Are you ready for General Data Protection Regulation?BMJ 2018; 360 doi: https://doi.org/10.1136/bmj.k941 (Published 02 March 2018) Cite this as: BMJ 2018;360:k941
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Hurray for he GDPR. We are all data subjects during our lives. Our birth registration, NHS number, passport processing, tax, employment contracts etc are all supported by data processing. Health data processed by ourselves for our family or domestic purposes are not covered by the GDPR so it is wise to consider asking for and utilising copies of health and care data that has been processed about yourself during the course of care provision.
45% of complaints about the NHS received by the ombudsman have a component of poor communication involved, This poor communication is not just poor comunication with the patient but also with the family and friends. The GDPR provides an opportunity for patients to grant access to their records to their family and friends whilst the patient is ill. This process can be augmented by the use of health and welfare Lasting Powers of Attorney as described by a family solicitor in the Law Society PS magazine recently.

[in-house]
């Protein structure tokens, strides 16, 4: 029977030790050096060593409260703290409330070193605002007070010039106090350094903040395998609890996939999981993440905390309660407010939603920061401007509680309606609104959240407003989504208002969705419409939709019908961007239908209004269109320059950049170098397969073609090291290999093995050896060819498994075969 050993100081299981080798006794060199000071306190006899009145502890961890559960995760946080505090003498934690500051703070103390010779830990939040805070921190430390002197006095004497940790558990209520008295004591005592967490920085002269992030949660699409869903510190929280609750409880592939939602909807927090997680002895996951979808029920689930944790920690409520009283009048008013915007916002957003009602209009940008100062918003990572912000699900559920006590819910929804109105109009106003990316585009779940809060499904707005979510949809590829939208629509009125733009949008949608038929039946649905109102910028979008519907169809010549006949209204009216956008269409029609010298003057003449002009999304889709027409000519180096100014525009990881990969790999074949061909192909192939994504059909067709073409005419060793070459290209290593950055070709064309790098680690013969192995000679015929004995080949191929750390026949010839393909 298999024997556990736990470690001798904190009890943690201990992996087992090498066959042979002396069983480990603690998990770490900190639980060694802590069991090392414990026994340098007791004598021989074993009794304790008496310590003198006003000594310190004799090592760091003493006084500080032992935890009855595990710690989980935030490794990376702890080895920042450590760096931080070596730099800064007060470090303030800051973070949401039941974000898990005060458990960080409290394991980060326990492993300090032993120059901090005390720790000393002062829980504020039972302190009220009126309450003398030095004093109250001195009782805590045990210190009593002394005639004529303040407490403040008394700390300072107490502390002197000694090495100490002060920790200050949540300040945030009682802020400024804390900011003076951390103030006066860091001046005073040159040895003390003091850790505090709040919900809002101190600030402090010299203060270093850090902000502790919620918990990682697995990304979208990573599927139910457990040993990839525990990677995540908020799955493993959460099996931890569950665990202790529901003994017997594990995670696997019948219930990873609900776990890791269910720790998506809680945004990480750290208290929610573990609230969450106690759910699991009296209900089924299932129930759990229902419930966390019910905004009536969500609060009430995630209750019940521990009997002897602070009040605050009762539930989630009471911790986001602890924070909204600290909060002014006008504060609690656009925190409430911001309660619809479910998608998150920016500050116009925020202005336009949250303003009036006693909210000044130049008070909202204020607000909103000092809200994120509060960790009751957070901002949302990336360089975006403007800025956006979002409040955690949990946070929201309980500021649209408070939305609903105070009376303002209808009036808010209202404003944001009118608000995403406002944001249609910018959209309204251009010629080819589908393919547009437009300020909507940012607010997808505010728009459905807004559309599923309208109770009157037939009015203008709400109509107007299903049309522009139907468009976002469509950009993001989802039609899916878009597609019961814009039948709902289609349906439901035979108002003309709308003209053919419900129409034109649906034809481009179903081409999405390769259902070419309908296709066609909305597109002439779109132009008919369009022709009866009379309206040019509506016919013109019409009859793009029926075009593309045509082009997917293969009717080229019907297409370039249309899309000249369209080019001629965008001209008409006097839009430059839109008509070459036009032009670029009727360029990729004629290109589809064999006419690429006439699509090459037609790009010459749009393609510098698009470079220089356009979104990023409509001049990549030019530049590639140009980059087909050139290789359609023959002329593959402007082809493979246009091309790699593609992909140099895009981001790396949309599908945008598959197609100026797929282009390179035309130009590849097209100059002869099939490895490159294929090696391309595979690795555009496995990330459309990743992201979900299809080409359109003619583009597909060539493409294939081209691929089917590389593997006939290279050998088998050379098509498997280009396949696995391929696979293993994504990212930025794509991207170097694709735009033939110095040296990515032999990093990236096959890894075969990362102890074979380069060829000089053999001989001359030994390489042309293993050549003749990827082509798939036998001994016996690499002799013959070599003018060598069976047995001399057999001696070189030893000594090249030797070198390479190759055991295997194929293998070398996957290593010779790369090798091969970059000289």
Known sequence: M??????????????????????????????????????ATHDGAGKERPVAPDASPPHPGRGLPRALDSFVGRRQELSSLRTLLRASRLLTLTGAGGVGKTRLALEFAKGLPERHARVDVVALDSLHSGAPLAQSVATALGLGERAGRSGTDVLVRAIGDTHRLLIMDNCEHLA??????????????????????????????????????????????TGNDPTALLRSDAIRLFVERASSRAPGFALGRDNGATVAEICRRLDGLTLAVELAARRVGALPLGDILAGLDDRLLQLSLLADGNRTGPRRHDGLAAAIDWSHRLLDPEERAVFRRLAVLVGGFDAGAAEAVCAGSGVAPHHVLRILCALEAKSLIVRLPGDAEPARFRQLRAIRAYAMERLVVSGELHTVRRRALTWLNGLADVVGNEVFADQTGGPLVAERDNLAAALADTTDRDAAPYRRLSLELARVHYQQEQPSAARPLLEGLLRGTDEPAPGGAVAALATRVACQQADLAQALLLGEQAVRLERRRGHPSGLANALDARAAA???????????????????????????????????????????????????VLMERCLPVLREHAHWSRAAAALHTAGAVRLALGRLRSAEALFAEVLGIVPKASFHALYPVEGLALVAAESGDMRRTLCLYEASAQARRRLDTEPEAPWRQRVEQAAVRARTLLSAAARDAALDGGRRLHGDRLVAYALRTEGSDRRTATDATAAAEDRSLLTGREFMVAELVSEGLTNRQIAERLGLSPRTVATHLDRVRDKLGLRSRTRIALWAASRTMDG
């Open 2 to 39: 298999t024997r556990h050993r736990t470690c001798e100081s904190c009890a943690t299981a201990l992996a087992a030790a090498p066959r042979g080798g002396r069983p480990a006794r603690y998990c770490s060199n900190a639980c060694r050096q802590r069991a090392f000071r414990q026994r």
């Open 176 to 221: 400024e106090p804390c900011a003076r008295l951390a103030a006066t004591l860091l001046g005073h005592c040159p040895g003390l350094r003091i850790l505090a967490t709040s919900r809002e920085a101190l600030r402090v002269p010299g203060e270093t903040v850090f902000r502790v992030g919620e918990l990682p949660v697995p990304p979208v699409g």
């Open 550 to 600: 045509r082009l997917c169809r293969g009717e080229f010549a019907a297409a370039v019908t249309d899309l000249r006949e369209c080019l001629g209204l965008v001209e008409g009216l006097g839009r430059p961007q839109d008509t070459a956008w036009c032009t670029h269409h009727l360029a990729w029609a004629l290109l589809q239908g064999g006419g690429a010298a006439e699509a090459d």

30% of medical records contain errors. Access rights will provide an opportunity for patients and families to correct them before they cause problems and not afterwards. This will be helpful for the NHS and Social Services as data begins to flow from one service to another and to the creation of the Summary care recortd which will amalgamate data from different sources. The patient is the only person tha attends each intervention that involves them so is h only person who can spot ommissions or errors (wrong person's letter in their notes for instance).
It is useful for health and social care professionals to remember that in the future patients and clients will be able to see all that the professionals write about them. As a GP who shared records with patients I was pleased that the patient could provide a safety net to reduce my errors and omissions in both the record and the care pathway vbefore they caused harm.
Competing interests: No competing interests